The Marshall University Nutrition Education Program (NEP) has provided nutrition education to low-income children in a rural, six-county radius in West Virginia through a grant from the Supplemental Nutrition Assistance Education Program (SNAP-Ed) since 2008. In 2015, the programs moved off campus to a new downtown location, which allowed for full integration of the undergraduate and graduate programs, the dietetic internship, and the NEP. This integration allowed for the development of innovative teaching strategies in our curricula, and meets the need of our diverse students and Appalachian communities.
Undergraduate students are immersed in school-nutrition education through the NEP in their community nutrition and research in dietetics courses. Dietetic interns play an integral role in providing nutrition education to low-income NEP participants, and develop grantsmanship and research skills. In turn, interns mentor undergraduate students in preparation for future professional endeavors. Students all experience networking opportunities while meeting the critical healthcare needs of rural, Appalachian communities.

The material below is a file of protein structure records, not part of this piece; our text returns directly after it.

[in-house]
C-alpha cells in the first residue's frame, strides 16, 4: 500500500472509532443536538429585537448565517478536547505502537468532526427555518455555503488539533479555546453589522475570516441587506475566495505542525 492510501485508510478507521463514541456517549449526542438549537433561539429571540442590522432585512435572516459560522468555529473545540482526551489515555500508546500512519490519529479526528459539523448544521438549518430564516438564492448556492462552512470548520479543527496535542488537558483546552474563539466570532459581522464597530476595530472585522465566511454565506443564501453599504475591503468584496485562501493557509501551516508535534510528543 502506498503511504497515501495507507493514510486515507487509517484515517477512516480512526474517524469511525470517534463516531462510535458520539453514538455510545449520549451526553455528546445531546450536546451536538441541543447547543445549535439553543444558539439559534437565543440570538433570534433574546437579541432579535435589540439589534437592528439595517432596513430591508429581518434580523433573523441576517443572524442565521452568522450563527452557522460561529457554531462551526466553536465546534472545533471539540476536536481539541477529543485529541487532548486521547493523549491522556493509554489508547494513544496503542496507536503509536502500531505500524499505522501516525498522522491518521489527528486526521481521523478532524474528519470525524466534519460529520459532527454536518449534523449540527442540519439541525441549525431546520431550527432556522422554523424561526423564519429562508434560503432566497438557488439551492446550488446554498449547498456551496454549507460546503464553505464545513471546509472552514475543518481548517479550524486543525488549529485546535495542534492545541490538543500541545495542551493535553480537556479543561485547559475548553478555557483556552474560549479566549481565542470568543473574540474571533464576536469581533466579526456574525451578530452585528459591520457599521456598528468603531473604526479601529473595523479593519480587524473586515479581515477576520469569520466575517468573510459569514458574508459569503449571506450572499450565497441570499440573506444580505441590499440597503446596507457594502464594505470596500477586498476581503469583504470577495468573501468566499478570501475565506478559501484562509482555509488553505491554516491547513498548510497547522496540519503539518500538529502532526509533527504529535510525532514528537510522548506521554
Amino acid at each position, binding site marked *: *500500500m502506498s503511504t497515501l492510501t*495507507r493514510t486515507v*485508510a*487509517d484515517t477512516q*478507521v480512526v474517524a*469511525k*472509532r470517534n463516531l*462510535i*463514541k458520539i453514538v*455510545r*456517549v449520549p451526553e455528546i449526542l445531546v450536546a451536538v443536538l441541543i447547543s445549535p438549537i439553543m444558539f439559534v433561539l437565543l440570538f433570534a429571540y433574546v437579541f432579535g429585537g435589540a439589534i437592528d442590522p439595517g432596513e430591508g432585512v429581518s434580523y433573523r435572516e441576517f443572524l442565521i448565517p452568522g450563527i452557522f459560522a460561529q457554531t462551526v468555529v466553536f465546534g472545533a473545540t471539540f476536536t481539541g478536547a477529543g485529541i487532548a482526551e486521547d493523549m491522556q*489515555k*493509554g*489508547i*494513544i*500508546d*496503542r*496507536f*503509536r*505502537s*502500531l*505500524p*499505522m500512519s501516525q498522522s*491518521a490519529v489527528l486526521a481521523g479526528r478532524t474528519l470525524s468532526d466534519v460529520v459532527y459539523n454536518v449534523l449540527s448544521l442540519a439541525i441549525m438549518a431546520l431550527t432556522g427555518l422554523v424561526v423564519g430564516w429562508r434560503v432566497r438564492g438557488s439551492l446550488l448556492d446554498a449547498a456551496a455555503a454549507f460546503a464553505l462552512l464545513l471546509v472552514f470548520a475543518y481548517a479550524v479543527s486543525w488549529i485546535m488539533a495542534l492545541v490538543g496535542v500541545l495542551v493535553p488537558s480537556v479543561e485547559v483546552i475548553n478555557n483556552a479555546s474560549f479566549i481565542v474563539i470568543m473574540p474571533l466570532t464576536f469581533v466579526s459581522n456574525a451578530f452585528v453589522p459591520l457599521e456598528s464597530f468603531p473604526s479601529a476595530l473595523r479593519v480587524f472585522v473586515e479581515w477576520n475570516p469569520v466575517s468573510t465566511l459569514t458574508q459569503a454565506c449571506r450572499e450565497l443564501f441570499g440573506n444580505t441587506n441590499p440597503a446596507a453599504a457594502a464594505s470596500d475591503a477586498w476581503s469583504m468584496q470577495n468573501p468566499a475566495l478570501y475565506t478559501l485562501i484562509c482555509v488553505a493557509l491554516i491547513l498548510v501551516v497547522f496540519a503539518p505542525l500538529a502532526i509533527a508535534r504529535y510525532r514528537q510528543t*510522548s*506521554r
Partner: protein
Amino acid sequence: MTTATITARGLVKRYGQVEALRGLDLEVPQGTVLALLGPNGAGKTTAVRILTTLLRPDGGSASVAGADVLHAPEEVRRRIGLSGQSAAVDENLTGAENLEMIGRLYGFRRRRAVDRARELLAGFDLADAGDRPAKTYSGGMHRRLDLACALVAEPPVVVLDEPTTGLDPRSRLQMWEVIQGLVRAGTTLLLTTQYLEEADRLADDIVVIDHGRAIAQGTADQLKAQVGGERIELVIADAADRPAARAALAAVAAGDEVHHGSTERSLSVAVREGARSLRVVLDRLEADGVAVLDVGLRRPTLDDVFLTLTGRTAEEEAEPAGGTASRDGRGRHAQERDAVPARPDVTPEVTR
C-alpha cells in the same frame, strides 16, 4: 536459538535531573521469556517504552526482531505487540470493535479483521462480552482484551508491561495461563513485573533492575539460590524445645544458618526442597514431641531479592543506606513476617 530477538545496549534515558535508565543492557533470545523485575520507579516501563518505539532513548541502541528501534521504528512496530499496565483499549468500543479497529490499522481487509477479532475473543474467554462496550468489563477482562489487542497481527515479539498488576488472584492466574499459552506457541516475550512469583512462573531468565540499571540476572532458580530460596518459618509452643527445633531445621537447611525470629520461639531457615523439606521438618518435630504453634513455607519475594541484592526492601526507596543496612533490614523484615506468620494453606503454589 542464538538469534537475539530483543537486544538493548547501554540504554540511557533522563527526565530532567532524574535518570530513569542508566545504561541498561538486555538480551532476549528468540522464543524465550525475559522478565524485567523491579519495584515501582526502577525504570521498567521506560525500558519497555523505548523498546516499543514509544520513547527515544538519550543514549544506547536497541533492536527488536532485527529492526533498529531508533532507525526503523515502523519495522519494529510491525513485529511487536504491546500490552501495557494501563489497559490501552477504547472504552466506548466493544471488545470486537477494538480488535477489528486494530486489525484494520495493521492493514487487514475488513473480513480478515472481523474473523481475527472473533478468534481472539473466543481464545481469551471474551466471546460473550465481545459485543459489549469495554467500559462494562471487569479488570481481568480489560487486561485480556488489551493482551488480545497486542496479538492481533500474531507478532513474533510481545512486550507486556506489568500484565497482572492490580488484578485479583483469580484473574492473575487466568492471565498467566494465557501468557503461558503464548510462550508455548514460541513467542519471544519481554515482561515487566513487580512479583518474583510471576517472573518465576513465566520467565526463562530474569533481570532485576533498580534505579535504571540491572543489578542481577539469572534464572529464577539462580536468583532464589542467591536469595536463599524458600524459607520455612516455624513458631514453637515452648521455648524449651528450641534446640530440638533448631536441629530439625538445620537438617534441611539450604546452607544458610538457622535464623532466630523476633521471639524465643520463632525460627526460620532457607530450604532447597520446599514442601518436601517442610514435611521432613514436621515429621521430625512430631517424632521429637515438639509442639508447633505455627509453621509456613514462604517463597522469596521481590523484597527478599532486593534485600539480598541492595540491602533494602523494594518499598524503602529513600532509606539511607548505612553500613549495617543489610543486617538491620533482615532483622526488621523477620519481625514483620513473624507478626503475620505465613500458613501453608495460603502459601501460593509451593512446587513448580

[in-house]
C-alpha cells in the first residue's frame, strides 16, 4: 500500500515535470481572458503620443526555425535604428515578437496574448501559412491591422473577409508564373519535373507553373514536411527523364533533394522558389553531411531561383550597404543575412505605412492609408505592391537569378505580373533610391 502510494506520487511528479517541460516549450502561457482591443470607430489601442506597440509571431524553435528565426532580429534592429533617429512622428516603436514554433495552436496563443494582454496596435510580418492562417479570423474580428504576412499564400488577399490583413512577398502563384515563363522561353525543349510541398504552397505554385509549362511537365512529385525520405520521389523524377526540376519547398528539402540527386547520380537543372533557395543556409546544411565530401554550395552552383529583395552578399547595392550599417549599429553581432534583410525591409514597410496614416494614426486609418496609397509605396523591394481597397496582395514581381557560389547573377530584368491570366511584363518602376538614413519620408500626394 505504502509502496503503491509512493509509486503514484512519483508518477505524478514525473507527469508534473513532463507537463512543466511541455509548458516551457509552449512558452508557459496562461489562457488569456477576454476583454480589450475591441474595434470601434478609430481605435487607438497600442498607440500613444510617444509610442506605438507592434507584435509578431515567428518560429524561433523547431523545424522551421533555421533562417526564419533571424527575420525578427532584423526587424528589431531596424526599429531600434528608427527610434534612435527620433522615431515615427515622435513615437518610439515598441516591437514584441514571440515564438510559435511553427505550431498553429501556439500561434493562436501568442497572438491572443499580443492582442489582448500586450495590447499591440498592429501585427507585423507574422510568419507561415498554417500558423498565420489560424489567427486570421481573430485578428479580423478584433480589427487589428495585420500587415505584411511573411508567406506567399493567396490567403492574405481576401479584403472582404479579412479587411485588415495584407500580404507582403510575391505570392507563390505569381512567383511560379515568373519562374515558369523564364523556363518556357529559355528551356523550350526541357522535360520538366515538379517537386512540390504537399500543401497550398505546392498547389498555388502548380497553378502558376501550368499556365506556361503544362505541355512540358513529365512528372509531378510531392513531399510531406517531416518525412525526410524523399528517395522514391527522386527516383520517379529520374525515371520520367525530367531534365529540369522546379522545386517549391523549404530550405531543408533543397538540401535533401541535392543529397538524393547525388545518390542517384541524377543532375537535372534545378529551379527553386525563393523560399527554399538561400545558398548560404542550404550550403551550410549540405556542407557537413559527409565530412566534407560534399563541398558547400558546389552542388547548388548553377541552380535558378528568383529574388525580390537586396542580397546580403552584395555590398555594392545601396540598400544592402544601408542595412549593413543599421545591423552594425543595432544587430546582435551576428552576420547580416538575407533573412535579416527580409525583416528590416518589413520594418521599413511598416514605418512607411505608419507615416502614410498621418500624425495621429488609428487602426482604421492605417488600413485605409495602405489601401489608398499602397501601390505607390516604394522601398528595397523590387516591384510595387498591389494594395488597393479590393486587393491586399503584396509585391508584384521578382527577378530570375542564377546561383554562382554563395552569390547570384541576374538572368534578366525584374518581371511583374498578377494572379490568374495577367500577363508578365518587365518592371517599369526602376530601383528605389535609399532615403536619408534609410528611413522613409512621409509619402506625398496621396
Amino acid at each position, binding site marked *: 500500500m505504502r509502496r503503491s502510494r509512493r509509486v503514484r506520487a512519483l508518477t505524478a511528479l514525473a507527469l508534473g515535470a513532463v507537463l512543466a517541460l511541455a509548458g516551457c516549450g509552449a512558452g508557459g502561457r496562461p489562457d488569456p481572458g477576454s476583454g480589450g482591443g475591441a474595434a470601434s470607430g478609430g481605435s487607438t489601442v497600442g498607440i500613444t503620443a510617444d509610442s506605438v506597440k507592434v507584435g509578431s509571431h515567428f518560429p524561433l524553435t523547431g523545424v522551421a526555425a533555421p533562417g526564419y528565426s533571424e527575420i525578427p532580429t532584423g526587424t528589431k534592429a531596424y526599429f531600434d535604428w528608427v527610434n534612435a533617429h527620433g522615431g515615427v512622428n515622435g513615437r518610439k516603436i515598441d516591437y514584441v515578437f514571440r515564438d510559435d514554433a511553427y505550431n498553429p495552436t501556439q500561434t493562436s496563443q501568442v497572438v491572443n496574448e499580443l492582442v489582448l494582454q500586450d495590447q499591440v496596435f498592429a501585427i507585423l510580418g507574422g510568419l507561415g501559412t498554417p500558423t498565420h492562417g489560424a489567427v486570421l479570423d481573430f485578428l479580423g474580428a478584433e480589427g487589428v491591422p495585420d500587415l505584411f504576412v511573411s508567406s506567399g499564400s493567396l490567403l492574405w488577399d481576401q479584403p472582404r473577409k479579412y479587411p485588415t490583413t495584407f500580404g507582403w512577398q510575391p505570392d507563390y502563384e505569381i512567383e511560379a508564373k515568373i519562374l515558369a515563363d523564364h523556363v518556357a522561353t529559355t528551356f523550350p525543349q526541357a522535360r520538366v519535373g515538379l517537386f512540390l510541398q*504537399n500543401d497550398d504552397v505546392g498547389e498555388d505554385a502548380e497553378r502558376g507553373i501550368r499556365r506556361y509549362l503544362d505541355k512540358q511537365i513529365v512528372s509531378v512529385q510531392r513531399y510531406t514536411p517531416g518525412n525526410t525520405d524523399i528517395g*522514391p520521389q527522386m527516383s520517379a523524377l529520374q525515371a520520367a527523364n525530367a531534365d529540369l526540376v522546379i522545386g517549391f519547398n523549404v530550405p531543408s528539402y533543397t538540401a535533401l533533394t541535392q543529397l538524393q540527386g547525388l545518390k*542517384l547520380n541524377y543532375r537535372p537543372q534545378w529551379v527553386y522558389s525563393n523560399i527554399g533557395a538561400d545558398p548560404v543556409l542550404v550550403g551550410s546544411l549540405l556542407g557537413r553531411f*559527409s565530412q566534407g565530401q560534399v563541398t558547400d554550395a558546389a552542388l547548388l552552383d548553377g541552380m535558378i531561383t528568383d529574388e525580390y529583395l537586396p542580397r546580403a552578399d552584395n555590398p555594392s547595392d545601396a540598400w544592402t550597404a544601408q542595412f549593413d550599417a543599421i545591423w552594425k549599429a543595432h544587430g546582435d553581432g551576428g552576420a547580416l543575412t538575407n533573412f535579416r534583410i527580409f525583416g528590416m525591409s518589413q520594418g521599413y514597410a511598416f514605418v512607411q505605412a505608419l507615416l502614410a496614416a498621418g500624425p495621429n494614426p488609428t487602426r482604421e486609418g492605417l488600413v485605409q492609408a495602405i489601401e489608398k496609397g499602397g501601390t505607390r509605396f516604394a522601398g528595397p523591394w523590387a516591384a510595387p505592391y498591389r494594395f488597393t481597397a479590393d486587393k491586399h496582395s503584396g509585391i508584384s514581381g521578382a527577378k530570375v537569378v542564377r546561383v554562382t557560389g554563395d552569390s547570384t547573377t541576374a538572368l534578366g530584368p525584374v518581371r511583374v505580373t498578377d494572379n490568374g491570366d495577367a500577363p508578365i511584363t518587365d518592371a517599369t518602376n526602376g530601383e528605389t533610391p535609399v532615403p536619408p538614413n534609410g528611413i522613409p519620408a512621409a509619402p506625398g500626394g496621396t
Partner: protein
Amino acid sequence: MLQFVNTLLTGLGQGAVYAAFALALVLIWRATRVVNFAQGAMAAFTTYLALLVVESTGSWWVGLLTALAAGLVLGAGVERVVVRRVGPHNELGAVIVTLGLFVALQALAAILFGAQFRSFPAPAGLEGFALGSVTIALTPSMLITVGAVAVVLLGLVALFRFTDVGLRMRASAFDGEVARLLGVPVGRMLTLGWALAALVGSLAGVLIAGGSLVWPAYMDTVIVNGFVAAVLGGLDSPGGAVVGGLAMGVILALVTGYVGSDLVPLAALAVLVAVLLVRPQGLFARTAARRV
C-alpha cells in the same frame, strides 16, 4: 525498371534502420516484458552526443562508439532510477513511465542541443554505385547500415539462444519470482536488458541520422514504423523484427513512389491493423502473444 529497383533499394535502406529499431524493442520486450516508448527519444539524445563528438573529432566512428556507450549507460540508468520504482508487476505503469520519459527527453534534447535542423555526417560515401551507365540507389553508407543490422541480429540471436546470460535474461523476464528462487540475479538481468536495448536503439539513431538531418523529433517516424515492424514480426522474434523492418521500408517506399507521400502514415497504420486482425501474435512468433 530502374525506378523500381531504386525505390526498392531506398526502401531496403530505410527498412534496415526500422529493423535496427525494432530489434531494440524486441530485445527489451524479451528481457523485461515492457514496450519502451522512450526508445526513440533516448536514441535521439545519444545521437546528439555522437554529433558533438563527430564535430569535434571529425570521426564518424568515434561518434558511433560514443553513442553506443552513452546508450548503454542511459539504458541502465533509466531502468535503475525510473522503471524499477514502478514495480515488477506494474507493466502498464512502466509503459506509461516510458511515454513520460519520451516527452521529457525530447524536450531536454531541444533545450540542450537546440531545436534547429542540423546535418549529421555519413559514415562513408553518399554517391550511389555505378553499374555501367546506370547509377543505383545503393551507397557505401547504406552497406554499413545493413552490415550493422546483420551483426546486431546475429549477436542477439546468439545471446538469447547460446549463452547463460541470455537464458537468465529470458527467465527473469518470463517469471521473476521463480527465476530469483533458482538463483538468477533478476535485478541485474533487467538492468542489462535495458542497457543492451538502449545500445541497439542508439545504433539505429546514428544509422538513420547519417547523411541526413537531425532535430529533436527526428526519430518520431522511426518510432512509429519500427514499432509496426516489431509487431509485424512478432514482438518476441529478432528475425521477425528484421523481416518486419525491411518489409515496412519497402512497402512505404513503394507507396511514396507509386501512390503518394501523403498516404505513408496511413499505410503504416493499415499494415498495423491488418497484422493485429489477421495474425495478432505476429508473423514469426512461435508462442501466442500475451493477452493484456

This summary seeks to promote dialogue about innovative strategies in dietetics education and express how program integration has provided opportunities to build diverse relationships between students and create community healthcare engagement. We will demonstrate how students have been afforded experiential-learning opportunities in the Appalachian region through the delivery of nutrition education lessons and implementation of policy, system, and environmental programs. We will show how Appalachian communities have benefited from this innovation by experiencing short- and long-term health impacts through improved eating and physical activity habits and school and community environments.